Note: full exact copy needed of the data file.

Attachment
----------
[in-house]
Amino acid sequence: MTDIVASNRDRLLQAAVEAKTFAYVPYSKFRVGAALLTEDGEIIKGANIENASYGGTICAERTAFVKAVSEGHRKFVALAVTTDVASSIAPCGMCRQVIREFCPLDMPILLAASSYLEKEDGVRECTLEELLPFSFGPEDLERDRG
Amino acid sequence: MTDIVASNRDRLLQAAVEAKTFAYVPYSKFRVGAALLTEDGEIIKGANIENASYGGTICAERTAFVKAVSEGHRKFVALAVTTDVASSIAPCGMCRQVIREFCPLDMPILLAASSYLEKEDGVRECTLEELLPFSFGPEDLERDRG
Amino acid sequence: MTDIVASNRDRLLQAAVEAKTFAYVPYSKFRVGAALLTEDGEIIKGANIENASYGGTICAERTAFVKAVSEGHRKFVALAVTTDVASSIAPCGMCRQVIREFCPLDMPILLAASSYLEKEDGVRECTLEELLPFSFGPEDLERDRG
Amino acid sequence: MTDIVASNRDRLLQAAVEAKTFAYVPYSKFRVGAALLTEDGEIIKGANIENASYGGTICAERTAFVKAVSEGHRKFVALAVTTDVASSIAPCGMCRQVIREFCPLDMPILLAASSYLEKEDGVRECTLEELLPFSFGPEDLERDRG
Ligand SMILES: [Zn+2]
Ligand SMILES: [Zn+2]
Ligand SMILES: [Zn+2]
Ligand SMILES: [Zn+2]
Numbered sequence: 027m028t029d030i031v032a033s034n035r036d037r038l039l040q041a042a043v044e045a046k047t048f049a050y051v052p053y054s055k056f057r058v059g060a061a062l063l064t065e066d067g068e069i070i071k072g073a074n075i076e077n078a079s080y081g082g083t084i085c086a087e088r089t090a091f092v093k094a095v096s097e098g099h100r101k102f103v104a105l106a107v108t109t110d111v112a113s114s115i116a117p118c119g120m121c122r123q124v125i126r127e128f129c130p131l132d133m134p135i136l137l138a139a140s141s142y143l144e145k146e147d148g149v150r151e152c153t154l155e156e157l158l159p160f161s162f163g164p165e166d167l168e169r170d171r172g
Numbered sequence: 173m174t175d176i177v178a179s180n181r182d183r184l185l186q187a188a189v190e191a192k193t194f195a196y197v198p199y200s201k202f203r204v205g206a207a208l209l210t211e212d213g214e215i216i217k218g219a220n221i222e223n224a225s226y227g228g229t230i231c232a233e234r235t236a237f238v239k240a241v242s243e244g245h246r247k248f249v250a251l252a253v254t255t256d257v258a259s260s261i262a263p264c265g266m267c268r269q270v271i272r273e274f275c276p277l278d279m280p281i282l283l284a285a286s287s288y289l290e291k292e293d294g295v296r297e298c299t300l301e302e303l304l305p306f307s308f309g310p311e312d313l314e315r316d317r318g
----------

[in-house]
Amino acid sequence: MTDIVASNRDRLLQAAVEAKTFAYVPYSKFRVGAALLTEDGEIIKGANIENASYGGTICAERTAFVKAVSEGHRKFVALAVTTDVASSIAPCGMCRQVIREFCPLDMPILLAASSYLEKEDGVRECTLEELLPFSFGPEDLERDRG
Amino acid sequence: MTDIVASNRDRLLQAAVEAKTFAYVPYSKFRVGAALLTEDGEIIKGANIENASYGGTICAERTAFVKAVSEGHRKFVALAVTTDVASSIAPCGMCRQVIREFCPLDMPILLAASSYLEKEDGVRECTLEELLPFSFGPEDLERDRG
Amino acid sequence: MTDIVASNRDRLLQAAVEAKTFAYVPYSKFRVGAALLTEDGEIIKGANIENASYGGTICAERTAFVKAVSEGHRKFVALAVTTDVASSIAPCGMCRQVIREFCPLDMPILLAASSYLEKEDGVRECTLEELLPFSFGPEDLERDRG
Amino acid sequence: MTDIVASNRDRLLQAAVEAKTFAYVPYSKFRVGAALLTEDGEIIKGANIENASYGGTICAERTAFVKAVSEGHRKFVALAVTTDVASSIAPCGMCRQVIREFCPLDMPILLAASSYLEKEDGVRECTLEELLPFSFGPEDLERDRG
Ligand SMILES: [Zn+2]
Ligand SMILES: [Zn+2]
Ligand SMILES: [Zn+2]
Ligand SMILES: [Zn+2]
Numbered sequence: 027m028t029d030i031v032a033s034n035r036d037r038l039l040q041a042a043v044e045a046k047t048f049a050y051v052p053y054s055k056f057r058v059g060a061a062l063l064t065e066d067g068e069i070i071k072g073a074n075i076e077n078a079s080y081g082g083t084i085c086a087e088r089t090a091f092v093k094a095v096s097e098g099h100r101k102f103v104a105l106a107v108t109t110d111v112a113s114s115i116a117p118c119g120m121c122r123q124v125i126r127e128f129c130p131l132d133m134p135i136l137l138a139a140s141s142y143l144e145k146e147d148g149v150r151e152c153t154l155e156e157l158l159p160f161s162f163g164p165e166d167l168e169r170d171r172g
Numbered sequence: 173m174t175d176i177v178a179s180n181r182d183r184l185l186q187a188a189v190e191a192k193t194f195a196y197v198p199y200s201k202f203r204v205g206a207a208l209l210t211e212d213g214e215i216i217k218g219a220n221i222e223n224a225s226y227g228g229t230i231c232a233e234r235t236a237f238v239k240a241v242s243e244g245h246r247k248f249v250a251l252a253v254t255t256d257v258a259s260s261i262a263p264c265g266m267c268r269q270v271i272r273e274f275c276p277l278d279m280p281i282l283l284a285a286s287s288y289l290e291k292e293d294g295v296r297e298c299t300l301e302e303l304l305p306f307s308f309g310p311e312d313l314e315r316d317r318g